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Paediatric admissions to an adult ICU in a district general hospital in the UK
Critical Care volume 15, Article number: P488 (2011)
Data were collected for paediatric admissions to an adult ICU in a district general hospital in the UK over a 6-year period to look for feasibility and the associated problems of training and skills after centralisation of PICUs in the country.
We searched the ICNARC database for all entries relating to children for their age, gender, and diagnosis at admission, source of referral, length of stay, level of support, outcome/discharge and any other problems highlighted during their stay in the unit between the years 2002 and 2009.
Thirty-eight children were admitted to the adult critical care unit during this period. The age range was from 6 months to 16 years (average 9.12 years). Seventeen patients were male and 23 female. The most common reason for admission to the unit was respiratory problems followed by trauma. Seventeen patients received level 2 care and 21 received level 3 care. Twenty children needed endotracheal intubations, 12 needed arterial lines, 10 needed central lines and two needed intercostal drains. Twenty-one patients received sedation, most commonly with midazolam and morphine. The average length of stay in the ITU was 1.5 days and 80% of patients were discharged from the ITU within 2 days. Twenty-two patients were discharged to the ward Data are in total numbers (n) or proportions (%). *P < 0.05, **P < 0.01 for comparisons between two groups. #Relative risk = 1.364 (95% CI: 1.055 to 1.763) compared with Group 2 (protocol). and 16 were transferred to a specialist ICU. Thirteen of these specialist transfers were to a local specialist centre and three to other specialist centres. The national paediatric transport service was used in seven instances, and local service in nine instances. The number of admissions to the ICU was few, and it was able to manage the cases and institute appropriate therapy. Less than 50% of these patients were transferred to a speciality hospital and most level 2 care could be managed in the district general hospital. In those needing transfer to specialist units, the availability of protocols for sedation and analgesia resulted in less delay in handover and transfers. Communications between various teams involved in transfer and preparation was effective and no critical incidents were reported.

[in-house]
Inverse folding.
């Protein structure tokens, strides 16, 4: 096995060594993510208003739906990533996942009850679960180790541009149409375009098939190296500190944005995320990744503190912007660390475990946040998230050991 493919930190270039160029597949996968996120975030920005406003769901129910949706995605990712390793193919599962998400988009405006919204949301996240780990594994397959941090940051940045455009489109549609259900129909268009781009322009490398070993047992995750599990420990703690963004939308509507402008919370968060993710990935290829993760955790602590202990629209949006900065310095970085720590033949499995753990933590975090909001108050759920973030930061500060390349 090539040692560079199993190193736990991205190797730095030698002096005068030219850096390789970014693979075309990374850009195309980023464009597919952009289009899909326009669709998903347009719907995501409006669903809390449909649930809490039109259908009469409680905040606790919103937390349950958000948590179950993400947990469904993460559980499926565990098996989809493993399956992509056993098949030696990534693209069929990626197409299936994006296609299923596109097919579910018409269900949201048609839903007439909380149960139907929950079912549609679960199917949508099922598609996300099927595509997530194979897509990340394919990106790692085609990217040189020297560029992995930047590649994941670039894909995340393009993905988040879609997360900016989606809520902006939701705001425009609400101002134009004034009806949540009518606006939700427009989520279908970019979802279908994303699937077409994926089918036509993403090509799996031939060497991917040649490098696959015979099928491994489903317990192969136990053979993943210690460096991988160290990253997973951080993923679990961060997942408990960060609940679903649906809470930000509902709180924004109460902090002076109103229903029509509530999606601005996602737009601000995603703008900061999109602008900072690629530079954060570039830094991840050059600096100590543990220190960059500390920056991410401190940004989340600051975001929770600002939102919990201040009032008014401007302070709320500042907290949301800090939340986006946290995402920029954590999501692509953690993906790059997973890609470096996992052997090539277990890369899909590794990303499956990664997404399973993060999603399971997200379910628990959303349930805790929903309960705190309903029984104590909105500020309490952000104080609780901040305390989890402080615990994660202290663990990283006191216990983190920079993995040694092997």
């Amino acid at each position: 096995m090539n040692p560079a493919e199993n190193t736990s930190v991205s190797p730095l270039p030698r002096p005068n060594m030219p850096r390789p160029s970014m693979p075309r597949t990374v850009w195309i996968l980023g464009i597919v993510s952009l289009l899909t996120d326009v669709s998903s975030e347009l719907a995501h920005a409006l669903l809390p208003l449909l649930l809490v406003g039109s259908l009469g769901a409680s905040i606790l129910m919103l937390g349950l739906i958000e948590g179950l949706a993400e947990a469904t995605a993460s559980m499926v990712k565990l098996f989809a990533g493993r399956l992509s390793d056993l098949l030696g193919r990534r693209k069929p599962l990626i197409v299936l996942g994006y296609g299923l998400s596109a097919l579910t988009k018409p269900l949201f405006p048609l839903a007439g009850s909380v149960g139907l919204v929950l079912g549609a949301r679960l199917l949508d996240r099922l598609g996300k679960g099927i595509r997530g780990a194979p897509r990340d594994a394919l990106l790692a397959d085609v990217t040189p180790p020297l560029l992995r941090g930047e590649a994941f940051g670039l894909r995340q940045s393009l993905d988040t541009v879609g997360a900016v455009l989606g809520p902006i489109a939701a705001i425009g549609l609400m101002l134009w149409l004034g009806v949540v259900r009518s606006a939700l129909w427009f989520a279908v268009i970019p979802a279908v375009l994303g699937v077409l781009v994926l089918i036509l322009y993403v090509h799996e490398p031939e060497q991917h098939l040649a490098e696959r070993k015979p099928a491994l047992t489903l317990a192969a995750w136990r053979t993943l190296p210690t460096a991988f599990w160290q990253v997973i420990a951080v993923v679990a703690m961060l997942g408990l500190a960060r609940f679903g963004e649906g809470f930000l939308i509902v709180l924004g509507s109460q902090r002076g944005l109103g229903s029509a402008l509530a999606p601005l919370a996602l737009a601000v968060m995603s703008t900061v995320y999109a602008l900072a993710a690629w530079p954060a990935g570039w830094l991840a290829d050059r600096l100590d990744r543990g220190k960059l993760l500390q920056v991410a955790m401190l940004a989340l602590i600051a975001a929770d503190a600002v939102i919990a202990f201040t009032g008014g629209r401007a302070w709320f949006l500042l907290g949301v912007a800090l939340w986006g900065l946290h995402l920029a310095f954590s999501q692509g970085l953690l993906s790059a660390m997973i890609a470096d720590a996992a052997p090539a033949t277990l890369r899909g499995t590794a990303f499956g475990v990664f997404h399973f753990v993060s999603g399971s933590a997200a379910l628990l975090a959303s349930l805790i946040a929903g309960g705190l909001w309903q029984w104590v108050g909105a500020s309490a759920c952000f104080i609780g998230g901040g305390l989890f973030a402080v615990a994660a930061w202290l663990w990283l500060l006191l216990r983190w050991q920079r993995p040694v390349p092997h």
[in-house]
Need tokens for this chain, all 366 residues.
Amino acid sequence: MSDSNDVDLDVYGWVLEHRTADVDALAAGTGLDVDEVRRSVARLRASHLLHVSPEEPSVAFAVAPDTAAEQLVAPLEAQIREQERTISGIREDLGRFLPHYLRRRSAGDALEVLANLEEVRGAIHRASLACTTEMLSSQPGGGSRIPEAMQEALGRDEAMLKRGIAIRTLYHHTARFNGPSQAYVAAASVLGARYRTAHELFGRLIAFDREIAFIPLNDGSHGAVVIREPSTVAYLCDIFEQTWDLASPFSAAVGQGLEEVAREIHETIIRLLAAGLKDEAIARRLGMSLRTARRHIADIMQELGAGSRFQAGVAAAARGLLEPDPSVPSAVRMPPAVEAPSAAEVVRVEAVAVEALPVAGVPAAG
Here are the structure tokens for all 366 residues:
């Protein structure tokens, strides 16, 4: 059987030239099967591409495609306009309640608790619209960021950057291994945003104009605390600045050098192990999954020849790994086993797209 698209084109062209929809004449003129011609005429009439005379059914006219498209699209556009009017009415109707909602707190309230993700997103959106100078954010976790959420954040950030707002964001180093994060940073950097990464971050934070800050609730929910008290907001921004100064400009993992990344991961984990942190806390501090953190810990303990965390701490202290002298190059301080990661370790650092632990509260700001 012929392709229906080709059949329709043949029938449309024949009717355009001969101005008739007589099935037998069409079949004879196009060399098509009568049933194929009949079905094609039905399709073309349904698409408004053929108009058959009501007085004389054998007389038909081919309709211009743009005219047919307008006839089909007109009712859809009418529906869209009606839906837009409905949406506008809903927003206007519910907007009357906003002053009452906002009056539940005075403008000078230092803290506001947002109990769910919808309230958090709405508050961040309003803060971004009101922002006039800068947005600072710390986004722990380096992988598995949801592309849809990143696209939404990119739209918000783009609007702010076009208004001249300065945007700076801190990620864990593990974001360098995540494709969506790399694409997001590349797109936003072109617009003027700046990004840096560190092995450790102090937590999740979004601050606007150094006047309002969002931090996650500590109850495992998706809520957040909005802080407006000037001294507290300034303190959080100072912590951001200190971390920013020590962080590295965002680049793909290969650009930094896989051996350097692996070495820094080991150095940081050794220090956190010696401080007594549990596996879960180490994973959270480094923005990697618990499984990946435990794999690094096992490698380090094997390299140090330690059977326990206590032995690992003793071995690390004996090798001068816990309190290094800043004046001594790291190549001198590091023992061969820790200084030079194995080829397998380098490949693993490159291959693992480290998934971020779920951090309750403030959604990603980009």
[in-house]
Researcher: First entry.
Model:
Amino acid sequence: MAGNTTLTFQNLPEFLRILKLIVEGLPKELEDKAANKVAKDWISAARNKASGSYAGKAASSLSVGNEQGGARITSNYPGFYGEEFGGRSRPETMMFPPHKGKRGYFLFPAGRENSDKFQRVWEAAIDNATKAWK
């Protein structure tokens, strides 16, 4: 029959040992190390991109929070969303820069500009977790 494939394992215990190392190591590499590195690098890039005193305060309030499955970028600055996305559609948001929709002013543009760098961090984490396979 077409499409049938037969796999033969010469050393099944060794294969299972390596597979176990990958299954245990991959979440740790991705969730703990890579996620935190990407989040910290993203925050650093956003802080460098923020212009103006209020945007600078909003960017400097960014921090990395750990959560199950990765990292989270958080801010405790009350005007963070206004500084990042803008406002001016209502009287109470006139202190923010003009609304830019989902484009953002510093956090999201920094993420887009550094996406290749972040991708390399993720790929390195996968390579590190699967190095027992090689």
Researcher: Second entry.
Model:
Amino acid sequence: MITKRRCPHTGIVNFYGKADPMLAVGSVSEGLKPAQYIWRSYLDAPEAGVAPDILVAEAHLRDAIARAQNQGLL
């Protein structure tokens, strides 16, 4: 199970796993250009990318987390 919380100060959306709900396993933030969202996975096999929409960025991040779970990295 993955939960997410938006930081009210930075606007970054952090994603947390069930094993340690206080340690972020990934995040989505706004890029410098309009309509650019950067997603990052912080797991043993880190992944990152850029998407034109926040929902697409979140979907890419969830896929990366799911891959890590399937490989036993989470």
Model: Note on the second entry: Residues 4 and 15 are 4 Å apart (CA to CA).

With the specialist centre bed occupancy remaining high, district general ICUs provide more and more ongoing level 2 care to critically ill children. This also confirmed the findings of other studies that widespread use of a specialist retrieval service has not resulted in loss of vital stabilisation skills.
Lampariello S, Clement M, Aralihond AP, et al.: Stabilisation of critically ill children at the district general hospital prior to intensive care retrieval: a snapshot of current practice. Arch Dis Child 2010, 95: 681-685. 10.1136/adc.2008.151266
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Hazara, A., Singh, V. & Davoudian, P. Paediatric admissions to an adult ICU in a district general hospital in the UK. Crit Care 15, P488 (2011). https://doi.org/10.1186/cc9908
- Specialist Centre
- Critical Care Unit
- District General Hospital
- Speciality Hospital